7. On the Auto-labeling for Office apps page, configure the automatic labeling behavior for Office apps when sensitive content is detected and click Next.
  8. On the Review your settings page, verify the configuration and click Submit.

Note: Keep in mind that the organization-wide configuration for unmanaged devices, in the SharePoint admin center, should be set to the least restrictive configuration to have a configuration that works as expected. If not, and a sensitivity label should apply a less restrictive experience, the organization-wide configuration will overrule the applied configuration of the sensitivity label.

Using the sensitivity labels for SharePoint sites

Once the administrator configured the sensitivity labels, the user can apply the different sensitivity labels to the different SharePoint sites. That can be achieved by the user during the creation of new SharePoint sites or by editing the Site information of existing SharePoint sites. The following three to four steps walk through the process of creating a new SharePoint site and applying a sensitivity label to it.

  1. Open SharePoint and click Create site to open the Create site page.
  2. On the Create site page, choose between a Team site and a Communication site. A sensitivity label can be applied to both type of SharePoint sites.
  3. No matter what the type of SharePoint site, provide a name for the site to enable the remaining settings of a new SharePoint site. Those settings include an Advanced settings section. That section contains the sensitivity labels that the user can choose from. By clicking on the help icon, the user can view the tooltip information of the different sensitivity labels. Now choose the applicable sensitivity label and click Next to continue to the Add group members page (or click Finish for Communication sites).
  4. (Only for Team sites) On the Add group members page, add any additional administrators and click Finish.

Note: For existing SharePoint sites the user can select the SharePoint site and click Site information to edit the sensitivity label by selecting a different sensitivity label in the Sensitivity selection box.

Configuring conditional access policy

The conditional access policy configuration is required to make sure that Azure AD will pass the device management information on to SharePoint Online. That can be achieved by using the Use app enforced restrictions session control. That in combination with the configuration of the sensitivity labels can provide the organization with the required level of access control on unmanaged devices. For this post the focus is on the Use app enforced restrictions session control. That session control can be configured by following the next seven steps.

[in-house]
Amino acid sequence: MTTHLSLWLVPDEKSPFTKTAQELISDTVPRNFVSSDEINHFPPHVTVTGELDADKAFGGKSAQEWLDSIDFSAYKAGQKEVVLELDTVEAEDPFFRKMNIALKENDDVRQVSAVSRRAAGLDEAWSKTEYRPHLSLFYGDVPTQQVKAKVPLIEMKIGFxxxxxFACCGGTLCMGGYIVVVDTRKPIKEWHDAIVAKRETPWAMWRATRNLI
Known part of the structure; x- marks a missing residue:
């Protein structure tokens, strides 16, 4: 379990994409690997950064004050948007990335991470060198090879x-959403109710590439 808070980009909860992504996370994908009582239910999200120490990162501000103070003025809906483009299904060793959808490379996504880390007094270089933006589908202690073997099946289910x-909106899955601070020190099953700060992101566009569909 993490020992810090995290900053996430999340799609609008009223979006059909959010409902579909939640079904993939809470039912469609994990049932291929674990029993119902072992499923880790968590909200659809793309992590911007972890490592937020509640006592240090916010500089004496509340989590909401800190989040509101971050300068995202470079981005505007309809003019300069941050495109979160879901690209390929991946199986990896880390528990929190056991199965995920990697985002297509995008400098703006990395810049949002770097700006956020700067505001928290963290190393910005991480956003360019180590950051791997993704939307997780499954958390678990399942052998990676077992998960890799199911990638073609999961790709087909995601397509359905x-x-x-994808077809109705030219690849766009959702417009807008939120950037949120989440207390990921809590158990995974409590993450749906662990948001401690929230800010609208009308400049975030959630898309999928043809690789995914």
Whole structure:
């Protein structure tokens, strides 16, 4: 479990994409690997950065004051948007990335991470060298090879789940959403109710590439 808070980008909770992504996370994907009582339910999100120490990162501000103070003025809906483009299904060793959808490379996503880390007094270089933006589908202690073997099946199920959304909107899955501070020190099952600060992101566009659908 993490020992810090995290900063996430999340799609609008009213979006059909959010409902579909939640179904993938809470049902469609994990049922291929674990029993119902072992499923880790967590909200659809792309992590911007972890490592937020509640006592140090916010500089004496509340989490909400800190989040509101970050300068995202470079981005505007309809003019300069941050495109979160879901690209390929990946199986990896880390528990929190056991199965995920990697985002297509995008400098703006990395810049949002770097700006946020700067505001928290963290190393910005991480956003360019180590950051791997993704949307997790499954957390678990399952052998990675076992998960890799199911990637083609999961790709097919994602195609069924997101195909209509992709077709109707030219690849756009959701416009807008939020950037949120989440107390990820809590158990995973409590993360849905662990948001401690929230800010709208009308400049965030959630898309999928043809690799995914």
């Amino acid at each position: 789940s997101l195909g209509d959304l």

1. Open the Microsoft Endpoint Manager admin center portal and navigate to Security > Conditional access Policies to open the Conditional Access | Policies blade
  2. On the Conditional Access | Policies blade, click New policy to open the New blade
  3. On the New blade and provide a unique name
  4. Select Users and groups to configure the assigned users of this conditional access policy
  5. Select Cloud apps or user actions and select Office 365 SharePoint Online as the assigned app of this conditional access policy
  6. Select Conditions > Client apps and select Browser as the applicable client app of this conditional access policy
  7. Select Session and select Use app enforced restrictions to make sure that the configured limited experience will be applicable to this session

Note: This configuration can also be used in a conditional access policy that uses a grant controls to make sure that for example MFA is also always required for access to SharePoint Online for unmanaged devices. 

The sensitivity label experience

Let’s end this post by having a look at the end-user experience and little bit of administrator experience. For testing the experience, I’ve created the following four different sensitivity labels (with the mentioned behavior for unmanaged devices) for the users in my environment:

  • Public – This sensitivity label allows full access for unmanaged devices.
  • Internal – This sensitivity label allows limited access for unmanaged devices.
  • Confidential – This sensitivity label also allows limited access for unmanaged devices.
  • Secret – This sensitivity label blocks access for unmanaged devices.

When a user now navigates on an unmanaged device to a SharePoint site with a sensitivity label of Internal (or Confidential), the user will receive a limited experience as shown below in Figure 3. The user will be notified about the limited experience and the user will see the applied sensitivity label. When a user now navigates on an unmanaged device to a SharePoint site with a sensitivity label of Secret, the user will receive a blocked experience as shown below in Figure 4. As the sensitivity label of Public simply provides a full experience, I’m not showing that example.

When quickly looking from an administrator perspective in the SharePoint admin center, the administrator can now see an additional column for the active sites that contains the applied sensitivity label (as shown in Figure 5). By selecting a site and navigating to the policies section, the administrator can also adjust the applied sensitivity label.

More information

For more information about managing access to SharePoint sites with sensitivity labels, refer to the article about using sensitivity labels to protect content in Microsoft Teams, Microsoft 365 groups, and SharePoint sites (public preview).